Is your garden a-flutter with butterflies? Have you taken part in the Big Butterfly Count 2019 yet? Read on to find out what it’s all about, why it’s important to count butterflies, and how you can take part and help…
The Big Butterfly Count 2019
Started in 2010, the Big Butterfly Count takes place every year over summer. This year it runs from 19th July to 11th August. In association with Butterfly Conservation and B&Q; the Big Butterfly Count is a nationwide survey to monitor and help assess the health of the environment around us.
Why Count Butterflies?
Butterflies react quickly to any changes in their environment, so that makes them excellent biodiversity indicators. A decline in butterflies is an early warning for other wildlife. Counting butterflies helps to identify trends and understand the effect of climate change on flora and fauna.
Types Of Butterflies To Look Out For
You can download the handy butterfly chart or get the Big Butterfly Count app for free, to record the butterflies you spot. Read the list below to see which butterflies feature on the Big Butterfly Count chart, along with a couple of moths too.
Look out for the following butterflies:
- Large White
- Small White
- Green-veined White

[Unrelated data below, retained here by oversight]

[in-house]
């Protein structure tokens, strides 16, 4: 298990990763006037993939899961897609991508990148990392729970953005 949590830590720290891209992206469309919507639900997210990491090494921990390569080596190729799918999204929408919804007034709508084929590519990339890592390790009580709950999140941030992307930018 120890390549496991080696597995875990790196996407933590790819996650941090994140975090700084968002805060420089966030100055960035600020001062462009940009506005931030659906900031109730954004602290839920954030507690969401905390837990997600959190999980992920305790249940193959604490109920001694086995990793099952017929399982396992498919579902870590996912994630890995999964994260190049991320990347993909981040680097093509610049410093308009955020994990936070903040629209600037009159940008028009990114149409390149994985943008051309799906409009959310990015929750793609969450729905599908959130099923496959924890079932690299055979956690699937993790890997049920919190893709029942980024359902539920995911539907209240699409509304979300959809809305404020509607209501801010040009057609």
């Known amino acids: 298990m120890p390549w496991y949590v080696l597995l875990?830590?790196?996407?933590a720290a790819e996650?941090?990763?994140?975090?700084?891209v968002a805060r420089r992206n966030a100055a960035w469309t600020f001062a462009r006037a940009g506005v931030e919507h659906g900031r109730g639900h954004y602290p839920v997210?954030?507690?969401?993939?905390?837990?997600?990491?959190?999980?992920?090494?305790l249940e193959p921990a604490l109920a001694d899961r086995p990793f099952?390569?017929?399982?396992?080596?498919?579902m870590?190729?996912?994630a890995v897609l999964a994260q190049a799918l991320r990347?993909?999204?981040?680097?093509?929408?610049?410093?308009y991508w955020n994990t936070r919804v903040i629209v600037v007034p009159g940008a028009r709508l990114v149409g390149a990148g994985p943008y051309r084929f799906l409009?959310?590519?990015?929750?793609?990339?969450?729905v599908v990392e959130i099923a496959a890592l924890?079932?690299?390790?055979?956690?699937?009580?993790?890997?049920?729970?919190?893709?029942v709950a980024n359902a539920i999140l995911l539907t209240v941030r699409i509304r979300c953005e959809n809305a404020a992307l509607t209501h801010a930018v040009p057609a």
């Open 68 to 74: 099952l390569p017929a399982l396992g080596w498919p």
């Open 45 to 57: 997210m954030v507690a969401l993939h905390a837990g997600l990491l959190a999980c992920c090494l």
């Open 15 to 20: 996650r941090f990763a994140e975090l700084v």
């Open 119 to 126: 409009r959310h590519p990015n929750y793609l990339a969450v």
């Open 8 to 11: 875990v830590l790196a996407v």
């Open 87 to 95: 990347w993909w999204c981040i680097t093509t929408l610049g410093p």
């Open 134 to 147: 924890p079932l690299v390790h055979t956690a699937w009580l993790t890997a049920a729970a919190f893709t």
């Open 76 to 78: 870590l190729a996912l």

- Marbled White
- Small Copper
- Meadow Brown
- Speckled Wood
- Painted Lady
- Small Tortoiseshell
- Red Admiral
- Common Blue
- Holly Blue
Look out for the following moths:
How To Count Butterflies
The Big Butterfly Count website recommends that you spend 15 minutes in one spot looking for and recording butterflies or moths in that area. Good places to start are your garden, local park or woodland; making sure that wherever you’re going is safe for you to be there. You’ll probably be surprised at how many butterflies and other creatures you actually spot. Before you know it, your time will be up and then it’s time to submit your sightings!
Best Flowers & Plants To Attract Butterflies
You can do your bit for the butterfly population by welcoming them into your garden to feed on nectar in a warm, sheltered area. Here are some ideas when it comes to flowers and plants for butterflies:
- Red Valerian
- Wild Marjoram
- Common Knapweed
- Field Scabious
- Erysimum ‘Bowles’s Mauve’
We suggest having a read of this article on the RSPB website too, which gives you a step by step guide on which flowers and shrubs to plant for spring, summer and autumn too.
We hope this blog has inspired you to think about the plants and flowers in your garden. If you feel like you need some help with planting schemes for butterflies, or anything else relating to garden design, garden landscaping or garden maintenance; get in touch.